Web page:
Other courses in the 30-hour master’s program include:

  • Interdisciplinary Innovation for Engineers – This course emphasizes the innovation competencies and processes needed to add value to organizations in a dynamic economy. The material enables students to develop foundational attitudes, skills and knowledge for both core business and engineering innovation functions. 

  • Intelligent Industrial Controllers – Here, students will study the current technology and use of intelligent industrial controllers used in electric energy, manufacturing, material handling/processing, mass transit and other industrial plants. 

  • Lean Six Sigma – Businesses need people who know how to solve problems and recommend how to eliminate waste. And though Lean Six Sigma is often associated with manufacturing, its principles can be applied to engineering processes, including intelligent autonomous systems.

  • Capstone Project – Near the end of the program, students will work on their capstone, partnering with faculty members or other students focused on projects that will benefit them at work or solving other engineering problems.

 

Key Industries That Rely on Robots, Salary Potential for Engineers 

While almost every business could benefit from intelligent autonomous systems, there are certain places where engineers can find an environment already primed for adding this technology or optimizing the investments already made in this area. 

Rutz singles out a few industries, including manufacturing, transportation, aerospace, foodservice and the government. When asked about the salary potential for engineers with expertise in this specialty area, Rutz says salary depends on several factors, including an engineer’s years of experience, the company type and geographical location of the business. (For more information on earning potential, explore Salary.com’s interactive tool showing robotics engineer salary averages, or read UC’s Mechanical Engineering Salaries with a Master’s Degree article.)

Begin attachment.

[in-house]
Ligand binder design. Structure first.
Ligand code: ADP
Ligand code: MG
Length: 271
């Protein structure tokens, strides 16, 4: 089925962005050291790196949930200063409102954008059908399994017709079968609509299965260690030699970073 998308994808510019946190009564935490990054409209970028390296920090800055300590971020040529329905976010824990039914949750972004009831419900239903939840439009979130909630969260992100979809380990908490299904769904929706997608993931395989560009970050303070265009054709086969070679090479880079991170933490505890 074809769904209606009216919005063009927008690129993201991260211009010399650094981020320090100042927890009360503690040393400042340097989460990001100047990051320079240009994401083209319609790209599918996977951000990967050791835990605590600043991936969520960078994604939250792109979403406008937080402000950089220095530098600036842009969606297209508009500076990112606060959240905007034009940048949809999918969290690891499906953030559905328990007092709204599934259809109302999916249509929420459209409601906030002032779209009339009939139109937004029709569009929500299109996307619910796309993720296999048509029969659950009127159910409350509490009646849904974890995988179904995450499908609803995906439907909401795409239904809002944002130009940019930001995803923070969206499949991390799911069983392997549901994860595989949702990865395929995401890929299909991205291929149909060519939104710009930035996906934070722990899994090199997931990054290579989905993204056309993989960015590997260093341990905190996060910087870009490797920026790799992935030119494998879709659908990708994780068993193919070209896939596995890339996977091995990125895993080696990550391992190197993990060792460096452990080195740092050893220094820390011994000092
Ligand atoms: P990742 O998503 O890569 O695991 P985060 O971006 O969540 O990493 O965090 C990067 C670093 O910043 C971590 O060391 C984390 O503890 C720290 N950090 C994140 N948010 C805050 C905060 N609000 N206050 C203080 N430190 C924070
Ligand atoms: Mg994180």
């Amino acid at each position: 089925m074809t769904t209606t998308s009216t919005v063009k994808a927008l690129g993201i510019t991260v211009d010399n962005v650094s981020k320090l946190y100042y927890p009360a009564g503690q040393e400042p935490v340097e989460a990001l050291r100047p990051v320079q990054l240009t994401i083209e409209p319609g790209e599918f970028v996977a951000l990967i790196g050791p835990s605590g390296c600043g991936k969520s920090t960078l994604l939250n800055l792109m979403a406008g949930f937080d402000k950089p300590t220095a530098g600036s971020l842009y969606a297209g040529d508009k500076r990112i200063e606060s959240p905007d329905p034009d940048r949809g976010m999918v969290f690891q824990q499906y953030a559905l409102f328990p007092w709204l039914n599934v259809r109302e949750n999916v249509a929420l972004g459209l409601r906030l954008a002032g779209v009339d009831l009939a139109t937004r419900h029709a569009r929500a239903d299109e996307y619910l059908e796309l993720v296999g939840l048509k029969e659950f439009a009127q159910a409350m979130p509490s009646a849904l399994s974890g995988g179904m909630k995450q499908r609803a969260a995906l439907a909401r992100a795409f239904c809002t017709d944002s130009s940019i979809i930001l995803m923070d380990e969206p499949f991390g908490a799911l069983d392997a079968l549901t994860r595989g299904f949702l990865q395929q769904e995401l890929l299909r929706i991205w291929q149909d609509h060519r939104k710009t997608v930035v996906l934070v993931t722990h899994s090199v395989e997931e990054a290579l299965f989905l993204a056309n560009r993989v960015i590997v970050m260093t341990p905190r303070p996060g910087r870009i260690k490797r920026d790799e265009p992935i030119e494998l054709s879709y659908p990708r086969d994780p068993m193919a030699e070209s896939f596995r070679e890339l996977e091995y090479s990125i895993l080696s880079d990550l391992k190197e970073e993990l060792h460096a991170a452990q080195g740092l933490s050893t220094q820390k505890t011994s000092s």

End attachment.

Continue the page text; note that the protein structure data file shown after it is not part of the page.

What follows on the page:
Future Looks Bright for Robotics Engineers 

Rutz sees no end in sight for the high business value of using intelligent systems in the workplace. “The demand will continue to grow,” he says, “with new industries and smaller businesses adopting this technology.”

UC is well-positioned to meet the needs of today’s engineers who want to grow their expertise in robotics and IAS. And with the University’s future-focus mindset, the rich programs we offer engineers today will be complemented by exciting, yet-to-be-developed programs, such as mechatronics engineering and artificial intelligence and human factors, to maintain UC’s appeal as a university many engineers are proud to be associated with.

 

 

About The University of Cincinnati
The University of Cincinnati offers an online MEng in Robotics & Intelligent Autonomous System program, which positions students to be leaders within the robotics and autonomous systems industry. For more information, visit our program information page, or call 866-629-6075 to speak with an engineering program specialist.

 
The content & opinions in this article are the author’s and do not necessarily represent the views of RoboticsTomorrow

Comments (0)

This post does not have any comments. Be the first to leave a comment below.


Post A Comment

You must be logged in before you can post a comment. Login now.

Featured Product

IDS NXT is the future: One platform, countless possibilities

IDS NXT is the future: One platform, countless possibilities

IDS NXT: a platform for a new generation of vision systems for industrial applications. It lays the groundwork to provide easy-to-use yet flexible complete systems that can be used to implement all steps of a vision solution. With IDS NXT ocean, a complete solution especially for AI-based image processing is now available. It allows to solve tasks where classic, rule-based image processing has reached its limits - without any programming effort.